|Publication number||US5553064 A|
|Application number||US 08/223,487|
|Publication date||Sep 3, 1996|
|Filing date||Apr 5, 1994|
|Priority date||Apr 5, 1994|
|Also published as||DE69527057D1, DE69527057T2, EP0754378A1, EP0754378A4, EP0754378B1, WO1995027352A1|
|Publication number||08223487, 223487, US 5553064 A, US 5553064A, US-A-5553064, US5553064 A, US5553064A|
|Inventors||Thomas M. Paff, Hatch Graham|
|Original Assignee||Stanford Telecommunications, Inc.|
|Export Citation||BiBTeX, EndNote, RefMan|
|Patent Citations (7), Non-Patent Citations (12), Referenced by (131), Classifications (33), Legal Events (6)|
|External Links: USPTO, USPTO Assignment, Espacenet|
This invention relates generally to data transmission systems, and more particularly the invention relates to a cable system for high speed bidirectional digital transmission of voice, video, and data.
Much attention is being directed to converting unidirectional analog data transmission systems, such as the community antenna television (CATV) cable system into more versatile bidirectional communication systems. Today, over 60 million households in the United States enjoy the benefits of cable TV, virtually all of the information which travels into the home over the cable is in the form of analog television signals. Some subscribers now have the ability to send digital commands to select movies or provide other forms of low rate data information from the home to a central location. However, in the next few years the rate of digital information both entering and leaving the home over the CATV cable will increase dramatically.
Capabilities now being envisioned to exploit the band width of the cable include all conventional telephony services and a variety of multimedia capabilities including digital video or high speed "video phone", remote video games, high speed data and a wide variety of consumer purchasing and voting services. As the computer is merged with the cable, the consumer will be able to rent movies, play games, take college courses, make travel plans, trade stocks, and the like.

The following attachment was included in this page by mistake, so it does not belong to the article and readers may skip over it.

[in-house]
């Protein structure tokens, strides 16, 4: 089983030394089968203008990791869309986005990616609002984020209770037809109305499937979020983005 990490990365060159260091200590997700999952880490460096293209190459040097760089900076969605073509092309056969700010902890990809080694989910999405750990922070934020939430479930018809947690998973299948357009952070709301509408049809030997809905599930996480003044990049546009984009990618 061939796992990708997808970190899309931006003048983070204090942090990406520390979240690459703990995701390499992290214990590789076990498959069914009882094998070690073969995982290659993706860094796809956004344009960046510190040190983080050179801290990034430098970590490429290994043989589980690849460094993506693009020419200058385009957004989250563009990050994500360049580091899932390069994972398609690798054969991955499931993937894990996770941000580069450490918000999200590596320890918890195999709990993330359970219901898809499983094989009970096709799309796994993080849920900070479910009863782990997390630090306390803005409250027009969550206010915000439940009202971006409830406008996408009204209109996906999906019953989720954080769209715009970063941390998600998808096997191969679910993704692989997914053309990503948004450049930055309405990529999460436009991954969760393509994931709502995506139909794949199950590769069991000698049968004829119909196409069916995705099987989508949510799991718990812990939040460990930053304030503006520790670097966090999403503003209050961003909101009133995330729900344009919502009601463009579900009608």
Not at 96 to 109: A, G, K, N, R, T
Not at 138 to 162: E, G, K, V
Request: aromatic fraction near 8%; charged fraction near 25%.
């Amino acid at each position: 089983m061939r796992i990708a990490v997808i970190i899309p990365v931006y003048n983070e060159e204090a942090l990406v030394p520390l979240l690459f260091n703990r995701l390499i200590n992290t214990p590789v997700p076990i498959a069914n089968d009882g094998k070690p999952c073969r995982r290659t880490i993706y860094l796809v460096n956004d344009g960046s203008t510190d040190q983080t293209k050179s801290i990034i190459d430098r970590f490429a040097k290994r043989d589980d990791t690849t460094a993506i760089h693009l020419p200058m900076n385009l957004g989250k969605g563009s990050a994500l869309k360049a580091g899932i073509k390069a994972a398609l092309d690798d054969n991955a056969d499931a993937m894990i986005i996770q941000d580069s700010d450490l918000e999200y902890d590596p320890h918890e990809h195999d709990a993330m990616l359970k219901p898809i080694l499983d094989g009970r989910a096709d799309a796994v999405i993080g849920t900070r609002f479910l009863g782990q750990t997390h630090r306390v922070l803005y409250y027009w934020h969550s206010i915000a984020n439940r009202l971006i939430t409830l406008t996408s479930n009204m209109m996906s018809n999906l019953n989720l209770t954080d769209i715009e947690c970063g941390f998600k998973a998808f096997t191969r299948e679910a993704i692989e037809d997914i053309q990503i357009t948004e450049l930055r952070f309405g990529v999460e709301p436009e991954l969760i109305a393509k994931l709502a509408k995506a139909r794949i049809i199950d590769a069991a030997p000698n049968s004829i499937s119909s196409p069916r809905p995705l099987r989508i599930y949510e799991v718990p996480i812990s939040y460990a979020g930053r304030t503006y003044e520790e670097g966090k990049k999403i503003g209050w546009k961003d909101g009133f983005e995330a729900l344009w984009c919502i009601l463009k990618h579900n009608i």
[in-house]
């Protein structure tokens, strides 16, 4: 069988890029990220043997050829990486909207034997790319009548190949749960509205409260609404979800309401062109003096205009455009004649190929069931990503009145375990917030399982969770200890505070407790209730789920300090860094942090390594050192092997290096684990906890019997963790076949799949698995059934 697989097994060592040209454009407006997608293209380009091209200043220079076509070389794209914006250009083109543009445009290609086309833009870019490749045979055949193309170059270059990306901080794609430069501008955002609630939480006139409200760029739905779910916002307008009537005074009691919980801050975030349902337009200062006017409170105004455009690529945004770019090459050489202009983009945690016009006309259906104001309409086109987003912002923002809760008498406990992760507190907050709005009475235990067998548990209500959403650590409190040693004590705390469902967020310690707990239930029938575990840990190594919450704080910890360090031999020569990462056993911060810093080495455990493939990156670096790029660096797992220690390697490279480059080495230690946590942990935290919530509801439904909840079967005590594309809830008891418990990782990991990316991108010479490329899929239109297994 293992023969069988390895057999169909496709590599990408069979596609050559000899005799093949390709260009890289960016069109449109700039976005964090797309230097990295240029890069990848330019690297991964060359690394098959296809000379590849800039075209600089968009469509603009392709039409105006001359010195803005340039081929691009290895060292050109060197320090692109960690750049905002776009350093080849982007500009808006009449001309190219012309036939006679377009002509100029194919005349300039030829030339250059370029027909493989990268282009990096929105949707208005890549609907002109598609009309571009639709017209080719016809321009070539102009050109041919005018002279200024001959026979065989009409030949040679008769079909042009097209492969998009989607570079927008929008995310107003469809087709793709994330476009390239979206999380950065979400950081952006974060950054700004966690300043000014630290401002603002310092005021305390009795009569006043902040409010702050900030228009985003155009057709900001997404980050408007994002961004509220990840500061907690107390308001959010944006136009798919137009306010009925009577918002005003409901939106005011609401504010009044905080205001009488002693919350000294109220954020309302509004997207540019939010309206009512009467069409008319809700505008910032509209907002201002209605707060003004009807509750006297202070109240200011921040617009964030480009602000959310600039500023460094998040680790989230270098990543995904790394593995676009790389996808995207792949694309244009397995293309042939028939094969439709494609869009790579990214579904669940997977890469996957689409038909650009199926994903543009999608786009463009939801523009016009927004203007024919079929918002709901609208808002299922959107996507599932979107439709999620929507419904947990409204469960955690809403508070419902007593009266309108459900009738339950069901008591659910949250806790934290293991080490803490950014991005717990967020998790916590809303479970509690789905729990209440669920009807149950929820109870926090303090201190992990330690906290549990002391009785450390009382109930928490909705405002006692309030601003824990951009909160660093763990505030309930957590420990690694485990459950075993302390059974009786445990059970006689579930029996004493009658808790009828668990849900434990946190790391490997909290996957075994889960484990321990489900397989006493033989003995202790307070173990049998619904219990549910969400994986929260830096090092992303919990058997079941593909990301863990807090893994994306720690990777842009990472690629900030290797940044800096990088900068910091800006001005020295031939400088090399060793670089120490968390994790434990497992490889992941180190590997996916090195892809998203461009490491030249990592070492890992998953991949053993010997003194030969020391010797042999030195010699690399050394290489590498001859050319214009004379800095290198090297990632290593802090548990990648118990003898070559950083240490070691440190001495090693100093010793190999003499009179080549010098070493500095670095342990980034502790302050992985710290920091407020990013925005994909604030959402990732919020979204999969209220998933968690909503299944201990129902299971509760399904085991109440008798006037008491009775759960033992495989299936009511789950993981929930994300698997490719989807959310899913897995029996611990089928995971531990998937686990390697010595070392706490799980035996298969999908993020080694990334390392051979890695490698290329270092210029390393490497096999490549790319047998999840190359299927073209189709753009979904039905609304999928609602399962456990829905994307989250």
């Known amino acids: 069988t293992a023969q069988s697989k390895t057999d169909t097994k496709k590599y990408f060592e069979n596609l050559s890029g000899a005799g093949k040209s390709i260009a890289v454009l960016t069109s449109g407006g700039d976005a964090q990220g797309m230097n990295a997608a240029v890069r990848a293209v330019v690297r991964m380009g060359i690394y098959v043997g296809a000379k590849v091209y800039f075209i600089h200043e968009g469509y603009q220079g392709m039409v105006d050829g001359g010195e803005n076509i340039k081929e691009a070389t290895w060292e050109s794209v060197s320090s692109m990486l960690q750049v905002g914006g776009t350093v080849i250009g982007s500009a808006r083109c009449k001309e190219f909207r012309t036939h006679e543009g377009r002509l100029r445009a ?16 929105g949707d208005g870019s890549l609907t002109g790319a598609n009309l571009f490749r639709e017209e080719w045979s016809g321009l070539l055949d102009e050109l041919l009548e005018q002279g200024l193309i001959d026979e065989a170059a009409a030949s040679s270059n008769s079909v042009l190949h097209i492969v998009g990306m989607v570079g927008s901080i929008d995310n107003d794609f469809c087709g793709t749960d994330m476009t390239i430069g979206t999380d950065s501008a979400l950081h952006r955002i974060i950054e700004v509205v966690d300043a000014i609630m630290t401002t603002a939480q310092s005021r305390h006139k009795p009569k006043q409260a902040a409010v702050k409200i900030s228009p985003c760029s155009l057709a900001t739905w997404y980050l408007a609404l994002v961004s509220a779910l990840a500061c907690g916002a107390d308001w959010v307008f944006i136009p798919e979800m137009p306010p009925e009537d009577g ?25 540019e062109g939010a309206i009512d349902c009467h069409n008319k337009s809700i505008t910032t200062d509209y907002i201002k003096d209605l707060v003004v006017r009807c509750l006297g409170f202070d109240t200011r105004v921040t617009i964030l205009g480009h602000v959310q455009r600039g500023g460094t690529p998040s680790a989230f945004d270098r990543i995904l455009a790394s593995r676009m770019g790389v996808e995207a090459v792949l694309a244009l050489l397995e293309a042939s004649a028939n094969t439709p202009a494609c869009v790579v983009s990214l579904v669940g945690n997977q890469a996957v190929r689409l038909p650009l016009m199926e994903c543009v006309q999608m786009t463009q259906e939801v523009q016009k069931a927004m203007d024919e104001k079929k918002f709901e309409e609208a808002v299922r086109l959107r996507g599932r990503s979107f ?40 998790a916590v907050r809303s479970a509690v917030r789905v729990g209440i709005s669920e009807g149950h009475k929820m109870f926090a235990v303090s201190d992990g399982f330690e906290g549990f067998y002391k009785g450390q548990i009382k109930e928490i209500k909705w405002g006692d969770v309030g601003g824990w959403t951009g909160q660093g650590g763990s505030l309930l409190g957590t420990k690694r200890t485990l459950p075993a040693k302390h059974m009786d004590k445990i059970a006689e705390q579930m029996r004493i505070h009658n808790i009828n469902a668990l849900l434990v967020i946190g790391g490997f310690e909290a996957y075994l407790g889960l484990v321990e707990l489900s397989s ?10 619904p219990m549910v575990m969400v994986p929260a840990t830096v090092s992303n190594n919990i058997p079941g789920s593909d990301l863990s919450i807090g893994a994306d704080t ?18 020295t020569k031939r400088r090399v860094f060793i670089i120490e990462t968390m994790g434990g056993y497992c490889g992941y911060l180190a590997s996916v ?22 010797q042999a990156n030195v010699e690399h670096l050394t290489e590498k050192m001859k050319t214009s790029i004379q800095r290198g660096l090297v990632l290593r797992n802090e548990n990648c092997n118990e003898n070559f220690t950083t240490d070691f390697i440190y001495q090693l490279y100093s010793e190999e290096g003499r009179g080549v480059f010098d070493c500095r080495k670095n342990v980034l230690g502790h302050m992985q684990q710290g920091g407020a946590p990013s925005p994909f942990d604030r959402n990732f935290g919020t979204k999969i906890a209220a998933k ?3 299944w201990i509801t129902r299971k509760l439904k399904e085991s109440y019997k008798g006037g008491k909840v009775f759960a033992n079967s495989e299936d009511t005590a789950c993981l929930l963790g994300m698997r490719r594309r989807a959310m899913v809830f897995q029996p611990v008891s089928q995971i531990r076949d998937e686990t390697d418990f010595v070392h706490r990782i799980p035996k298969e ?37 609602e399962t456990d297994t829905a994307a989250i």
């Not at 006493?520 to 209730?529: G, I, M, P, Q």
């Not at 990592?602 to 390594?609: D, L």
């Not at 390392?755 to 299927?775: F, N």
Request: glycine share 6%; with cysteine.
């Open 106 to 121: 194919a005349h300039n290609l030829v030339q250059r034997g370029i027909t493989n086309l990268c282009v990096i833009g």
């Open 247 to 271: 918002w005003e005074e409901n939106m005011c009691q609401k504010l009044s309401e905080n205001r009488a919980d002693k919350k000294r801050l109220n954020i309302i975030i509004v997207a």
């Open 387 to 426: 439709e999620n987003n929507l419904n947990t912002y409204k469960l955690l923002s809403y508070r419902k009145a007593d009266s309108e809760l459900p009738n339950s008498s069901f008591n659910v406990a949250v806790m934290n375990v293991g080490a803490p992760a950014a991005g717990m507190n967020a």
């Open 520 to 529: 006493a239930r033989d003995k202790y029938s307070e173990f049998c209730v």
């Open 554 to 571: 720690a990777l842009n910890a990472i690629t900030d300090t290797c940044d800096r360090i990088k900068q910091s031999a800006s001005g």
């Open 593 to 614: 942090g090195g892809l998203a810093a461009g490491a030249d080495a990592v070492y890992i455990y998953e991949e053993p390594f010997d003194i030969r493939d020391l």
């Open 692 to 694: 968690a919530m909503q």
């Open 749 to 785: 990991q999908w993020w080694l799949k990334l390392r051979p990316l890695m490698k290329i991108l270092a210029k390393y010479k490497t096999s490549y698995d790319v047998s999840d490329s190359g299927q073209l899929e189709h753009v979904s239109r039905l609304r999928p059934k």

The present invention is directed to providing a bidirectional digital cable transmission system including a head end unit and a plurality of subscribers capable of high speed bidirectional transmission of data over cable, such as in a CATV system.
In accordance with the present invention, a cable data transmission system utilizes time division multiplexing in a downstream direction from a head end unit to multiple subscribers and a time division multiple access transmission from subscribers to the head end unit. The multiple upstream and downstream data channels are shared using different frequency bands. In the downstream, data are broadcast to all subscribers. However, each subscriber is assigned an identification number and a specific carrier frequency for receiving data. The bitstream is continuous using time division multiplexing (TDM) and frequency division duplexing (FDD).
In the upstream, subscribers send data to the head end in a burst fashion in assigned time slots using time division multiple access (TDMA).
In accordance with a feature of the invention, a quadrature phase shift keyed (QPSK) modulator is provided for data encoding and modulation for upstream and downstream transmission.
In accordance with another feature of the invention, a head end burst demodulator is provided for receiving data at the head end from subscribers.
In accordance with a further feature of the invention, a subscriber demodulator is provided for continuously receiving data at a subscriber from the head end.
The invention and objects and features thereof will be more readily apparent from the following detailed description and appended claims when taken with the drawing.